Banishing God

Many fear that the God under Whom many nations were founded is being pushed out of society for fear of offending some members of society. This was addressed by William Bernard Ullathorne, a Benedictine monk and Roman Catholic priest who ministered in Australia from 1833 until 1840 and then returned to his native England, where he was ordained a bishop in 1847 and served as bishop of Birmingham from 1850 until 1888. Here are excerpts from his Advent Pastoral Letter of 1875:

“Everywhere we hear and the publications of the day circulate the same as interesting news that the necessity for a dogmatic belief, the profession of a fixed creed, the certainty of any doctrines whatever that have a right to command the submission of the human understanding, is slipping away more and more out of the minds of men. The cold sophistry of certain men, esteemed by not a few to be the thinkers of the age, has even gone so far as to proclaim that God cannot be known by man, and that all that is left for man to do is to reverence in some negative way what he can neither approach nor understand. In short, God is to be sent into exile from the world He has made, and the creature is no longer to be allowed to know his Creator. Such is the last notion brought forward with respect to religion in England, and dreadful is it to reflect that it has found a following. But once throw aside the divine authority of the Church and put man’s private opinion in its place, and what is there that man will not put in the place of God’s revealed truth? What truth implanted in our nature will not be driven off by the pride of self-opinion?”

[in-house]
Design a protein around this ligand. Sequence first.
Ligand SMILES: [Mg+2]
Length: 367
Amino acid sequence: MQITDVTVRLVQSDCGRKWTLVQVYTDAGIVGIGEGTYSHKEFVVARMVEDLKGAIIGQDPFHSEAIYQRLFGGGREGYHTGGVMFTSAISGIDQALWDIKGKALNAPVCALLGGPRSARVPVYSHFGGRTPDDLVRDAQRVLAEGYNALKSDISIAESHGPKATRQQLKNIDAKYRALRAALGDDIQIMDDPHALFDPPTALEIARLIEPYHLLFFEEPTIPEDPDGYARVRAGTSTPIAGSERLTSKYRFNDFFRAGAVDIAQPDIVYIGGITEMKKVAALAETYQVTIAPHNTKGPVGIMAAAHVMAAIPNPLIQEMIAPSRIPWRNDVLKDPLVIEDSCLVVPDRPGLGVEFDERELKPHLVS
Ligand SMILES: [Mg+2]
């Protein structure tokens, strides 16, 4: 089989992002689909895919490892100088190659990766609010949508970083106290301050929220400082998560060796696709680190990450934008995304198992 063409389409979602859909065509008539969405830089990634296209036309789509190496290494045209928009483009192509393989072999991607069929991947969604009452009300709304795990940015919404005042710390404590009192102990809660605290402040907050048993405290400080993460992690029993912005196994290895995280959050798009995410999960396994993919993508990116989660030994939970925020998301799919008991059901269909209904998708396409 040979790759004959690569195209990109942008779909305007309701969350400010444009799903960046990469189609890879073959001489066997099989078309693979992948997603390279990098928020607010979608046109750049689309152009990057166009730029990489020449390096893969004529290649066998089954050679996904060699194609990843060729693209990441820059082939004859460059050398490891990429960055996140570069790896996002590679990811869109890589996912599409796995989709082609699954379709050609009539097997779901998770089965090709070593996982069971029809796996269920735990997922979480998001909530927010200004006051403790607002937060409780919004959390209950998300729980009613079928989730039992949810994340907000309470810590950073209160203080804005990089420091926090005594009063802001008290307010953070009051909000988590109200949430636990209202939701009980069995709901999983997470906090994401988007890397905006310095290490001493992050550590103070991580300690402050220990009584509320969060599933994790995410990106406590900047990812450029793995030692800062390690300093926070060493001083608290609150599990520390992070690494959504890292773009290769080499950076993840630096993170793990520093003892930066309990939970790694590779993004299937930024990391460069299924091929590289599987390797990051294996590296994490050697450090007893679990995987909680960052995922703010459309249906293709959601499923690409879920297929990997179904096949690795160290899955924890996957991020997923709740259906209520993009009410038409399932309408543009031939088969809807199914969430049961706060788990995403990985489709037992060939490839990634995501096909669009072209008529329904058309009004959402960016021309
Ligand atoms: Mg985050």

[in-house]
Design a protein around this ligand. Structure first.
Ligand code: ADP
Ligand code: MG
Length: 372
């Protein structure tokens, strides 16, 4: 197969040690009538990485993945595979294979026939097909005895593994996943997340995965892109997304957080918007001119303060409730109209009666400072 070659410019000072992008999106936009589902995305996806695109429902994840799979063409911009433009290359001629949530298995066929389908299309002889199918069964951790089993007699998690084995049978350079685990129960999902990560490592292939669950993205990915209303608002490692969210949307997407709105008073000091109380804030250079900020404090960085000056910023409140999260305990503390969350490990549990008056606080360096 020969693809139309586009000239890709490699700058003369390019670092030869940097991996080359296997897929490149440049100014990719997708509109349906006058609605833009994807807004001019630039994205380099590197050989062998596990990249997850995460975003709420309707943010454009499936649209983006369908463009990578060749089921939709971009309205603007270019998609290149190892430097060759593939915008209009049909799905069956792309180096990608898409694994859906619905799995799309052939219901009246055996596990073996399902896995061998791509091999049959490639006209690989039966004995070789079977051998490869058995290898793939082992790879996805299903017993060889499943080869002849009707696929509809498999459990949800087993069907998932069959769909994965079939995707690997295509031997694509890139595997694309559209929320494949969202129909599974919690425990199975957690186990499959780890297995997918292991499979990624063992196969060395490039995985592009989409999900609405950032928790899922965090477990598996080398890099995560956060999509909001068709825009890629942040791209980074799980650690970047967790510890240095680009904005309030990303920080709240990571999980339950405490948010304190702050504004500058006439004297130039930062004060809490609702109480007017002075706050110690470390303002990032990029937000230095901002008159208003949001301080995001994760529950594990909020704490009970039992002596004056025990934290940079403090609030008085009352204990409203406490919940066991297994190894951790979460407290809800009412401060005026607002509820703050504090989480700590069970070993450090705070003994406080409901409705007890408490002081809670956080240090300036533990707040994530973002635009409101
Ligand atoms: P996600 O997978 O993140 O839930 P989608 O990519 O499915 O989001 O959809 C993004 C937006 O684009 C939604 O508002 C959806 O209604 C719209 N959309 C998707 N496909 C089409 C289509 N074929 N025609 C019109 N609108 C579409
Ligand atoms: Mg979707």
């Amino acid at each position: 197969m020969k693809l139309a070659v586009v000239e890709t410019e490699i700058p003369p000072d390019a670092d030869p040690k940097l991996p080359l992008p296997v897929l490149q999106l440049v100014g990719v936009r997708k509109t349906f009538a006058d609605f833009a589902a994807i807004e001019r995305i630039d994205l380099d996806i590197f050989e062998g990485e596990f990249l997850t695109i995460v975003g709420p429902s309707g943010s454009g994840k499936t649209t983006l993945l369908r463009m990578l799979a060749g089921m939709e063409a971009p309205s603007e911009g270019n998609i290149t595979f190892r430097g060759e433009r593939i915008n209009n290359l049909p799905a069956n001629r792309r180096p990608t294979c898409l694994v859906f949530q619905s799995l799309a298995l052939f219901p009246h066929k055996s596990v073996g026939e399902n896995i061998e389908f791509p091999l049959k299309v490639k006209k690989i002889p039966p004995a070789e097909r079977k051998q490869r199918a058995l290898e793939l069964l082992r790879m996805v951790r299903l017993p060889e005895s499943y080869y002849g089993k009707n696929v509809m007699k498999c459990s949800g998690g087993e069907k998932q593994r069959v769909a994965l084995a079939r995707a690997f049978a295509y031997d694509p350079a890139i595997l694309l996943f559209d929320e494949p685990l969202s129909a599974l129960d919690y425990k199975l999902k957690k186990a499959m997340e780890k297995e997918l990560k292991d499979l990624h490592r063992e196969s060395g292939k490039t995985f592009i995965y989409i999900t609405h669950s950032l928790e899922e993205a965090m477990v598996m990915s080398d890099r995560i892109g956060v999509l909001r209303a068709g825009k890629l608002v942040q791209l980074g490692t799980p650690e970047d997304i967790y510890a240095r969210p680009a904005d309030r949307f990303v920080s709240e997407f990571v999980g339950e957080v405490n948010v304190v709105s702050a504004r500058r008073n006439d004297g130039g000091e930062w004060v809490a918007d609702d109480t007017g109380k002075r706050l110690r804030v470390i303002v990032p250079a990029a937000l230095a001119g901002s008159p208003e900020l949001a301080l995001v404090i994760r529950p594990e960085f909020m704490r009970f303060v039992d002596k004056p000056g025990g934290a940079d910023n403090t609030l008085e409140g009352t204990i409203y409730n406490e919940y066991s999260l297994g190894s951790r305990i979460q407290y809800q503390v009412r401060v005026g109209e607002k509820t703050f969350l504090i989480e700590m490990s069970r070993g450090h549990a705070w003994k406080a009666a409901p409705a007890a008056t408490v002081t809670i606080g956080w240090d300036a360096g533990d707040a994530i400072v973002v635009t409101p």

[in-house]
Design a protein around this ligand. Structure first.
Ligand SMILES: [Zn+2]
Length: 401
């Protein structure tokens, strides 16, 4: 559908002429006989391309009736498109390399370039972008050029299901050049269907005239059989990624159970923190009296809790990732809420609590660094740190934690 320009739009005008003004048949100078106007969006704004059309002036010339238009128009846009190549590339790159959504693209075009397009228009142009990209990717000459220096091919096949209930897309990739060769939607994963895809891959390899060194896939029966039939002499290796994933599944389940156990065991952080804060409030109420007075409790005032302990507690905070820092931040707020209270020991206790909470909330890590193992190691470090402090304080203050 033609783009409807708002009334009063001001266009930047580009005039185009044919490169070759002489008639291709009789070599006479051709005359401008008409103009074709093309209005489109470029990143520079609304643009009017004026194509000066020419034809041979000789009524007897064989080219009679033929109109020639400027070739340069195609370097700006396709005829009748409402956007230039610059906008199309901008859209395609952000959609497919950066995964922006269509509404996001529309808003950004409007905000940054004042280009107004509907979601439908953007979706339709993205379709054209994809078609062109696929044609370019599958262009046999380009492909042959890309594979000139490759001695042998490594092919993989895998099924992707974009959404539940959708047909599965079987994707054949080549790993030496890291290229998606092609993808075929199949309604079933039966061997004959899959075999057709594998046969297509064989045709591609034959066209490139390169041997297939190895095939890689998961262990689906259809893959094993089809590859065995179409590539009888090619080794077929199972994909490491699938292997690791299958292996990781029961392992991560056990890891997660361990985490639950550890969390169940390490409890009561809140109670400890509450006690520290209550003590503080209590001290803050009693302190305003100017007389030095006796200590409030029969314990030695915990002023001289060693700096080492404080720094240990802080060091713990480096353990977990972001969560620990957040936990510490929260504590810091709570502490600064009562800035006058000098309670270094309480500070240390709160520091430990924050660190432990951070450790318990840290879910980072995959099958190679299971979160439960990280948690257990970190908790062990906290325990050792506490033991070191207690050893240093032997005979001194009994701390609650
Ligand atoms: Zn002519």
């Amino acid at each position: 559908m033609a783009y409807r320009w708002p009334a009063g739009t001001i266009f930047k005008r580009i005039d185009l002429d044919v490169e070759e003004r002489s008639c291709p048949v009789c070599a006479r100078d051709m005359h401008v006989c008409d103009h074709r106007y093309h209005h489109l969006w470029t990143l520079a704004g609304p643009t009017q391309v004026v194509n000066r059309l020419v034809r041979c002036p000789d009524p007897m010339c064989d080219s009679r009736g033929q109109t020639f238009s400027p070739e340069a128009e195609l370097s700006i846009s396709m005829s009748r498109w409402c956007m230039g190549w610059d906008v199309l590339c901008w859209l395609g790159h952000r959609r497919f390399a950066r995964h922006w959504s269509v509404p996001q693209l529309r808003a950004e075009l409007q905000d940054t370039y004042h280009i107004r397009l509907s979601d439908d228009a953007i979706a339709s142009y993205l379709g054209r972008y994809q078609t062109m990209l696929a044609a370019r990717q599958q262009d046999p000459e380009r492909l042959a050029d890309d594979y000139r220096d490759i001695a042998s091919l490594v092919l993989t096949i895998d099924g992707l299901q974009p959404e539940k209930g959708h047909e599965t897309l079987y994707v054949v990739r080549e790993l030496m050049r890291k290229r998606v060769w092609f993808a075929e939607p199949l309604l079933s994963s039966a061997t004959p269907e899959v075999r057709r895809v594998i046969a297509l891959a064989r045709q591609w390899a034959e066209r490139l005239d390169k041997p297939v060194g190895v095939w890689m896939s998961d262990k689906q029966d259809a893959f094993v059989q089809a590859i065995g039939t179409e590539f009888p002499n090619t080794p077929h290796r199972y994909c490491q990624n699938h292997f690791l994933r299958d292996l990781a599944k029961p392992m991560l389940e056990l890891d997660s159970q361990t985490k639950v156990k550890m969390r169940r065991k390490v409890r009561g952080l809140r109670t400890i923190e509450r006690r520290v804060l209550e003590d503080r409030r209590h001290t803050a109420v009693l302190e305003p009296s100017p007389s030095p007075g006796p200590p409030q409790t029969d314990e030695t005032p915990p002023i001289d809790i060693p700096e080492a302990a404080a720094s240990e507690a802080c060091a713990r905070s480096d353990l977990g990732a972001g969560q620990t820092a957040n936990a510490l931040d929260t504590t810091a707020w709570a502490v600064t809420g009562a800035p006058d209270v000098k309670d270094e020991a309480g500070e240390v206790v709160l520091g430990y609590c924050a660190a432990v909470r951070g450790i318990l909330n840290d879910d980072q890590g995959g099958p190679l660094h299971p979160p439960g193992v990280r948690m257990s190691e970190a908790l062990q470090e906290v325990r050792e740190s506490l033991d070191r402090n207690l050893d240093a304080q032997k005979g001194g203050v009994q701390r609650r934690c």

“If a Catholic bishop speaks of the absolute necessity of faith, and of submission to the divine authority implanted by Christ in the Church, there is an outcry ever ready of priestly tyranny and usurpation.”

“Yet, can Almighty God be indifferent to what men say of Him on this earth? . . . You know that to reject God’s truth is to reject the God of truth.”

Quotations from Michael F. Glancey, Characteristics From the Writings of Archbishop Ullathorne (London: Burns & Oates, 1889).

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